Fionn Mac Cumhaill and the worm of Lough Derg

Dublin Core


Fionn Mac Cumhaill and the worm of Lough Derg


Lough Derg--Fenian Cycle--Fion Mac Cumhaill--Red Lake


O'Donovan's account from a local of the origin of Lough Derg's name in a story from the Fenian Cycle


John O'Donovan, 1806-1861


Letter from John O'Donovan, Ballyshanny, 1st of November, 1835, p. 250,O’Donovan, John, Ordnance Survey Letters, Donegal: Letters Containing Information Relative to the Antiquities of the County of Donegal Collected during the Progress of the Ordnance Survey in 1835, p. 124


Four Masters Press, Dublin


1835 [2000]


Transcribed and edited by Michael Herity, MRIA


Citation for the purposes of criticism


Edited edition of letters


English with Irish text in Celtic script


Ordnance Survey Letters




54.616218, -7.876212

Text Item Type Metadata


"Finn Mac Cooil and his heroes were one day walking on the strand of this Lough, and Fin's notice was attracted by a large bone out of which a white little maggot was peeping, which when he observed, he put his thumb of knowledge in his mouth and squeezed it, and then stood for a short time over the bone in an attitude of surprise. Conan, the only coward in his service, came up to him and asked why he looked so seriously at the bone of an old horse. Fin replied, 'If this bone were thrown into the lake, that little maggot would grow the size of a monster and do much injury.' Conan, the Stolid took up the bone in his hand and addressing the little maggot said: 'Me-thinks thou hast not got the germs of a big beast, pity that thou shouldest not get enough to drink' with this, he flings the bone up into the air with all his might, and it fell almost in the middle of the Lough, which was then styled Lough Finn from the brightness of its waters. Cursed fool said Fin to Conan thou shalt yet pay dearly for that rash deed. The Devil may care said Conan. With that they passed away from the mountains in pursuit of Red Deer. In 12 months after they passed by the margin of the same Lough, an lo! they beheld with astonishment a multiform monster with three humps on its back resembling three round hills (cors), rising above the water making towards them with amazing rapidity and roaring most hideously. The alarmed Fingalians took flight leaving Conan a fearful distance behind. He was overtaken by the monaster and swallowed, arms and all! Conan felt the scorching heat of his stomach, and feeling that it was a very gloomy lodging he bethought him of a plan by which, if he could not effect his escape, he might at least be revenged of the Monster to whose strength he contributed so much. He took his meadog or side knife and cut thro' the monster's stomach and side which caused him to make for the shore again and vomit the soldier out. In passing through the lake he bled so profusely that it seemed all blood, and it continued so for a long time, which induced Fin to change the name of Loch Finn to Loch Derg."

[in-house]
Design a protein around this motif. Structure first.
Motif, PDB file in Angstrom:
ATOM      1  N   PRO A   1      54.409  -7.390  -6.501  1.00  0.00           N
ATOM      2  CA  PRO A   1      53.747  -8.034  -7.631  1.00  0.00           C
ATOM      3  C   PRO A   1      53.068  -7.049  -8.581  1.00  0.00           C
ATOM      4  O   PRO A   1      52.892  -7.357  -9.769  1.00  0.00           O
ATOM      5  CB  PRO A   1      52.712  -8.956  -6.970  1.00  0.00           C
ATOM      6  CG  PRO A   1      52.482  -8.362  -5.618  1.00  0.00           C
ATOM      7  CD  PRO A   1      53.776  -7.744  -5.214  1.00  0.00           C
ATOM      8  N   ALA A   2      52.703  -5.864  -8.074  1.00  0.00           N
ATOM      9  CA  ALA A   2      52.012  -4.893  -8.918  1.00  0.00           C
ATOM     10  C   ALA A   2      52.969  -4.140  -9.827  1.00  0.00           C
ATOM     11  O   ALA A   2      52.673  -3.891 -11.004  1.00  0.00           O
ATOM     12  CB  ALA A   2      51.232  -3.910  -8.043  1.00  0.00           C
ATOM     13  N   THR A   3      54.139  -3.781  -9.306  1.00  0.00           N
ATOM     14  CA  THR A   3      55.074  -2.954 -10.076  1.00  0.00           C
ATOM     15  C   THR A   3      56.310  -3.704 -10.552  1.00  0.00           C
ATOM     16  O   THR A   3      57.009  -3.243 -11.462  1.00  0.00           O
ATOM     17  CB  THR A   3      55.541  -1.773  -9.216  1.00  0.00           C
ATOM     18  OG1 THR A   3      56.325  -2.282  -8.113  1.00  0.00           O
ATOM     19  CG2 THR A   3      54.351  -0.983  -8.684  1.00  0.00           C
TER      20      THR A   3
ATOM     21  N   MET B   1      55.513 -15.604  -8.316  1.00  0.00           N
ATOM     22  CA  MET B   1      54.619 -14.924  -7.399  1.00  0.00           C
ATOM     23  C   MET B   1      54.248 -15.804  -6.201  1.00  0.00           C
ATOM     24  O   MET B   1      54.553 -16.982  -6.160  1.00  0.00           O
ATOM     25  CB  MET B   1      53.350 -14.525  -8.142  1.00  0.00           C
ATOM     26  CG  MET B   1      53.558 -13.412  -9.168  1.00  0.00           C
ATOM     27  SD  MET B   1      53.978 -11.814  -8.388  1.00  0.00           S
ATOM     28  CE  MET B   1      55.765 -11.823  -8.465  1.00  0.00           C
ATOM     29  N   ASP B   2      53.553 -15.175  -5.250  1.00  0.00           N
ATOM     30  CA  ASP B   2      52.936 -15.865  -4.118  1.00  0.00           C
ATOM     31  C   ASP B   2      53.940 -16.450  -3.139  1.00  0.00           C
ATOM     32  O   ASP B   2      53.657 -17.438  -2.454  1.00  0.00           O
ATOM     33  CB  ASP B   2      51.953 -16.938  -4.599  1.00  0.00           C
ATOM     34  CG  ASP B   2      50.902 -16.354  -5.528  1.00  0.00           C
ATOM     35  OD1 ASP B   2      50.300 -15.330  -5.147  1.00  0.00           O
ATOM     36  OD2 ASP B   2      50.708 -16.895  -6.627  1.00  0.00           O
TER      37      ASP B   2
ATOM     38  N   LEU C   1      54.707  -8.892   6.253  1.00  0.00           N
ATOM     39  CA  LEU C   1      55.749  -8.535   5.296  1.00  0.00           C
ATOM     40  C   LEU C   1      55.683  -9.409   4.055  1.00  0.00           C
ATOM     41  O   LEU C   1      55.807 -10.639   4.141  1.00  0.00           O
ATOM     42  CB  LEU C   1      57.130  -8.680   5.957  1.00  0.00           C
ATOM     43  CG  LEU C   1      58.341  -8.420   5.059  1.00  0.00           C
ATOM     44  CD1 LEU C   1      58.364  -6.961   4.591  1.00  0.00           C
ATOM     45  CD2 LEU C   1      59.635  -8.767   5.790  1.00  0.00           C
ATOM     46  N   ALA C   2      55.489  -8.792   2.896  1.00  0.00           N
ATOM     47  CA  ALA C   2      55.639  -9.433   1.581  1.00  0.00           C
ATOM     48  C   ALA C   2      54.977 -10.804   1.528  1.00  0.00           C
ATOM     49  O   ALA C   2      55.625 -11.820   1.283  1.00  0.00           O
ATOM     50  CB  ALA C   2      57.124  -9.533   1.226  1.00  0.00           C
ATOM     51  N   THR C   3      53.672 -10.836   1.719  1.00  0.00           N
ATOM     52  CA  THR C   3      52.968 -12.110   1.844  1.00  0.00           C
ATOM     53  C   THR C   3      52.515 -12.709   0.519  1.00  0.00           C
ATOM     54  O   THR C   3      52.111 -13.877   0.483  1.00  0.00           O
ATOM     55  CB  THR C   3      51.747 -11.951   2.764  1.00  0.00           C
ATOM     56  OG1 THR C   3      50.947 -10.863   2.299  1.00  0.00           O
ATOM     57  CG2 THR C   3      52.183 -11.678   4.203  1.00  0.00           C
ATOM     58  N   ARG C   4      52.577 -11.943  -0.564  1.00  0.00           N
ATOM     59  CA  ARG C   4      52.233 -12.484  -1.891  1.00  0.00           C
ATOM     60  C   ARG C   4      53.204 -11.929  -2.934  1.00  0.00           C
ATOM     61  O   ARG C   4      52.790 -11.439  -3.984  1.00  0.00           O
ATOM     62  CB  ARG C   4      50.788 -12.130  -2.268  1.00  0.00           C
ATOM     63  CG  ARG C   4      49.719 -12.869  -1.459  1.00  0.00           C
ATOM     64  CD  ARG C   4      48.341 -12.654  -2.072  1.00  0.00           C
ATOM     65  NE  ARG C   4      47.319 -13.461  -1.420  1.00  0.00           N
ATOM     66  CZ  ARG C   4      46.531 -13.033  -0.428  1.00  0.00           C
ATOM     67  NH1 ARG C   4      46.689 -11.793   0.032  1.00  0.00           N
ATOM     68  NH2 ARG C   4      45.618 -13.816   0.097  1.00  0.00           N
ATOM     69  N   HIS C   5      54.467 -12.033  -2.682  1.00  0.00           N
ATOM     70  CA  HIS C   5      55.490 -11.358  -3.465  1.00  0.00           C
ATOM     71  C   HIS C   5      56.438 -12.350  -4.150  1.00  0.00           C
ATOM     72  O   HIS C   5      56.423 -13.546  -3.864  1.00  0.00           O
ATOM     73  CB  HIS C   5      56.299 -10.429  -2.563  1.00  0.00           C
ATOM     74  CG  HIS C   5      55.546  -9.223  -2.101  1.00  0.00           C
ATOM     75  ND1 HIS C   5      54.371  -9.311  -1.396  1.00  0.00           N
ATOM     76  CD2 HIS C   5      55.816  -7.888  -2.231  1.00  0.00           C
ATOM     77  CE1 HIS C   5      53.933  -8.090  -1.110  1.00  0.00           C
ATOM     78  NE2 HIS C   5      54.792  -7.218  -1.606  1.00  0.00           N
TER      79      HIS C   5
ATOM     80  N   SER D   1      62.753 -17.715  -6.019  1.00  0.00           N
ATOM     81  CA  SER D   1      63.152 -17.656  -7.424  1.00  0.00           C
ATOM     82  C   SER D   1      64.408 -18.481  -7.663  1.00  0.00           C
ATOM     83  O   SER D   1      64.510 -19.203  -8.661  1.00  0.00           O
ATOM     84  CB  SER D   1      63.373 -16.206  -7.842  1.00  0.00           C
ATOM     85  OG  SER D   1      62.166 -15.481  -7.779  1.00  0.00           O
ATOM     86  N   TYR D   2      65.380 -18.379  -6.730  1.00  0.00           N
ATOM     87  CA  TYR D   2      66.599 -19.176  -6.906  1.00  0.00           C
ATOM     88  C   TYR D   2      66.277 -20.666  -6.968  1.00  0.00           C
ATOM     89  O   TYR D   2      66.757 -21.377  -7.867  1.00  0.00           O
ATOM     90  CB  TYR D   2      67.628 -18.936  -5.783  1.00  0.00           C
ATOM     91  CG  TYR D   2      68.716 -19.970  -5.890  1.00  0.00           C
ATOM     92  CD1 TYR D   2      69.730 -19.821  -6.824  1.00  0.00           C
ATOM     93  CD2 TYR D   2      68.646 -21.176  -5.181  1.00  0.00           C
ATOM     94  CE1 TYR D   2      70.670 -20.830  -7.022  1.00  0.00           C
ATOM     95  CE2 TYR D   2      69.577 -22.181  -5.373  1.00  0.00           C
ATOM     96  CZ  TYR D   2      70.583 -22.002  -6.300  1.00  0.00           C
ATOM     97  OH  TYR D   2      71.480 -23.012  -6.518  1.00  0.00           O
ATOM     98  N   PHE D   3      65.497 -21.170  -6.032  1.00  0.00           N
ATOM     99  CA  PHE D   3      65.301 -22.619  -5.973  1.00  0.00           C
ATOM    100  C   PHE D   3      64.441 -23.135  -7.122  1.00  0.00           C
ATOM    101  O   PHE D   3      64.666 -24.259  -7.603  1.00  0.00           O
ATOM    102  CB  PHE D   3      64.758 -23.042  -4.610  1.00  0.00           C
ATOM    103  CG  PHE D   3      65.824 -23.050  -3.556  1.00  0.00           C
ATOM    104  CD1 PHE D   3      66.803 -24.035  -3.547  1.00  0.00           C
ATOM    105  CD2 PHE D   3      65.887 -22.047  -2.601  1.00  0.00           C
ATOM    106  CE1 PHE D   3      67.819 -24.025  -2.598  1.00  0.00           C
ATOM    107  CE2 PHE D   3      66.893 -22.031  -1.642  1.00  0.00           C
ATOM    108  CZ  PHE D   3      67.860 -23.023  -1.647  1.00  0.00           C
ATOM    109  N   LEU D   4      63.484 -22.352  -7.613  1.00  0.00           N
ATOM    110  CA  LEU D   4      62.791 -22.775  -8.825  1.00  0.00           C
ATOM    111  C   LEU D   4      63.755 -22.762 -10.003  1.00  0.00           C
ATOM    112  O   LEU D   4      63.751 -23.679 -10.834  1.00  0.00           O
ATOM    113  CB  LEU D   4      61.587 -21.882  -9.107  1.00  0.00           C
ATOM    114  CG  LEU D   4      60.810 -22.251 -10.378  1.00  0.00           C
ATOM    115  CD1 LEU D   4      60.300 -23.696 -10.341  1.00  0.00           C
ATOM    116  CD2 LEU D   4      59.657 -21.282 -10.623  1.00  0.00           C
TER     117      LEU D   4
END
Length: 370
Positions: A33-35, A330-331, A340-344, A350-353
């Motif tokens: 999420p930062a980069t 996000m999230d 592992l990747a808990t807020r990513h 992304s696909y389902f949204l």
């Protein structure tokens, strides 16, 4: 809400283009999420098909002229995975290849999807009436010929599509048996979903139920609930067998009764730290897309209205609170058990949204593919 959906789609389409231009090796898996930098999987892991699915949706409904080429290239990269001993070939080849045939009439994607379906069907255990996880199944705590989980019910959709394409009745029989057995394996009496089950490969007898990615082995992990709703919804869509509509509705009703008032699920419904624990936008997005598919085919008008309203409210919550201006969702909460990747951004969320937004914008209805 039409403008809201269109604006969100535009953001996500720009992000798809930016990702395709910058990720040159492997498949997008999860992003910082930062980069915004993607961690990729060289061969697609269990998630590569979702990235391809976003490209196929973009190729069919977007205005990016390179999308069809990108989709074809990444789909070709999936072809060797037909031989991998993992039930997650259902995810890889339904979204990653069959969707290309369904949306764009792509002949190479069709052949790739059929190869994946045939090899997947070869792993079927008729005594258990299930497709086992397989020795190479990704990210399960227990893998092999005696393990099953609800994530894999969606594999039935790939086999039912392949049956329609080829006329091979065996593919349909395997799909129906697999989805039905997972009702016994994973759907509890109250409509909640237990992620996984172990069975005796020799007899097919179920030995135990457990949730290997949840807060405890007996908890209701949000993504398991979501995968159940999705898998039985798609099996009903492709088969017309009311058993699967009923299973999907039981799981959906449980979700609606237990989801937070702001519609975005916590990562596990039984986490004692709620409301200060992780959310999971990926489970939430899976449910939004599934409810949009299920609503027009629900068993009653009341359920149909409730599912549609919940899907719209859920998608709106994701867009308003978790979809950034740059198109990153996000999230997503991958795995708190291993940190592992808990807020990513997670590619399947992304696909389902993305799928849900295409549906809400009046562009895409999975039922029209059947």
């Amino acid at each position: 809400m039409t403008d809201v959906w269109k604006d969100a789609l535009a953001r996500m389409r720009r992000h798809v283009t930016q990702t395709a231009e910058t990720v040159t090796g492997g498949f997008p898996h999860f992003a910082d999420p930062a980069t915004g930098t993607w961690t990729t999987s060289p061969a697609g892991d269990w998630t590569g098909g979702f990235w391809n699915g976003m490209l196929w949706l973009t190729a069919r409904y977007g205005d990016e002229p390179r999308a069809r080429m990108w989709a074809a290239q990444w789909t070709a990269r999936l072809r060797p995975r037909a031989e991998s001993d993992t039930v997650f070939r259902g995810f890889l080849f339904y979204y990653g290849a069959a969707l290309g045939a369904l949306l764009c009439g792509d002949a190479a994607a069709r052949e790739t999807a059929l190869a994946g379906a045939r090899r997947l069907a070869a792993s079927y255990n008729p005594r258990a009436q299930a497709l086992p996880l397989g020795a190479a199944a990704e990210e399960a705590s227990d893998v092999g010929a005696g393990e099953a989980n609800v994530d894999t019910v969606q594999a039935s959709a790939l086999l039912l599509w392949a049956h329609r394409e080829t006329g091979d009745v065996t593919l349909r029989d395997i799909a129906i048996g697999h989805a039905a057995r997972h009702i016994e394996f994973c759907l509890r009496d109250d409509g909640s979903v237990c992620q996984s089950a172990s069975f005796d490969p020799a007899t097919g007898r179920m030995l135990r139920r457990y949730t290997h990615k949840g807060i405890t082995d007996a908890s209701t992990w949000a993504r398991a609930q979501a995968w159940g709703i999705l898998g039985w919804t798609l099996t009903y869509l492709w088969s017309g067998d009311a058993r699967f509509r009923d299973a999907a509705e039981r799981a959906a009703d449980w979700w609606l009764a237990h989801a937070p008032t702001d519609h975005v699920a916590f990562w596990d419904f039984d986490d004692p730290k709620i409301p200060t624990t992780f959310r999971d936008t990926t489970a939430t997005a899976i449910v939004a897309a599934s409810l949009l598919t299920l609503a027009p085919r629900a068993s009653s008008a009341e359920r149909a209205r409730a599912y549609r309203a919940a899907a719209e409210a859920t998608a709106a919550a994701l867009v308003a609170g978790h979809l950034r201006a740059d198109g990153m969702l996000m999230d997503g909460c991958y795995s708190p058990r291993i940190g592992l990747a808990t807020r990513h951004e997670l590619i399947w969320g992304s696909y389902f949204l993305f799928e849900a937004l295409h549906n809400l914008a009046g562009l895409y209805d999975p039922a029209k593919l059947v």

Original Format

Hand written letters held in Royal Irish Academy



John O'Donovan, 1806-1861, “Fionn Mac Cumhaill and the worm of Lough Derg,” Digital Derg: A Deep Map, accessed April 21, 2024,